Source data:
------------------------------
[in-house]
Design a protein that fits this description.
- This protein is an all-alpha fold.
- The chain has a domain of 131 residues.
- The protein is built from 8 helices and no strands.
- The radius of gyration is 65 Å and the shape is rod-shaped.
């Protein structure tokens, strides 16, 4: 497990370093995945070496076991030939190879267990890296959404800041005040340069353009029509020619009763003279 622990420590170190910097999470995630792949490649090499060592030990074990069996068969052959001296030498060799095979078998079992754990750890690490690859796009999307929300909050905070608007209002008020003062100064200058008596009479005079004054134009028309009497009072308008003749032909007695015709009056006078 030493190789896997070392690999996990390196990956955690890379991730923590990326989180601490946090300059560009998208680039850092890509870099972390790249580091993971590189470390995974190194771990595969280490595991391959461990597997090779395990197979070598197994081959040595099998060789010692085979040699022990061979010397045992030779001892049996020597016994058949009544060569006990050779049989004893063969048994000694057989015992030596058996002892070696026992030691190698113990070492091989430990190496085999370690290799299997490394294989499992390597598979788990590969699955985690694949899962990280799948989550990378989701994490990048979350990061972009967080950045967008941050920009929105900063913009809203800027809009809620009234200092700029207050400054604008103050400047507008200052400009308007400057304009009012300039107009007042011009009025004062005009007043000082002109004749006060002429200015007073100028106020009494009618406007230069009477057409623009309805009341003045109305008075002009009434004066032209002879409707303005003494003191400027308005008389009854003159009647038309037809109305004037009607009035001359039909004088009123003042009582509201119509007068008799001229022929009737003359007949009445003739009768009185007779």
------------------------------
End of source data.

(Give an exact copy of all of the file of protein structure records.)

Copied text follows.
[in-house]
Design a protein that fits this description.
- This protein is an all-alpha fold.
- The chain has a domain of 131 residues.
- The protein is built from 8 helices and no strands.
- The radius of gyration is 65 Å and the shape is rod-shaped.
């Protein structure tokens, strides 16, 4: 497990370093995945070496076991030939190879267990890296959404800041005040340069353009029509020619009763003279 622990420590170190910097999470995630792949490649090499060592030990074990069996068969052959001296030498060799095979078998079992754990750890690490690859796009999307929300909050905070608007209002008020003062100064200058008596009479005079004054134009028309009497009072308008003749032909007695015709009056006078 030493190789896997070392690999996990390196990956955690890379991730923590990326989180601490946090300059560009998208680039850092890509870099972390790249580091993971590189470390995974190194771990595969280490595991391959461990597997090779395990197979070598197994081959040595099998060789010692085979040699022990061979010397045992030779001892049996020597016994058949009544060569006990050779049989004893063969048994000694057989015992030596058996002892070696026992030691190698113990070492091989430990190496085999370690290799299997490394294989499992390597598979788990590969699955985690694949899962990280799948989550990378989701994490990048979350990061972009967080950045967008941050920009929105900063913009809203800027809009809620009234200092700029207050400054604008103050400047507008200052400009308007400057304009009012300039107009007042011009009025004062005009007043000082002109004749006060002429200015007073100028106020009494009618406007230069009477057409623009309805009341003045109305008075002009009434004066032209002879409707303005003494003191400027308005008389009854003159009647038309037809109305004037009607009035001359039909004088009123003042009582509201119509007068008799001229022929009737003359007949009445003739009768009185007779």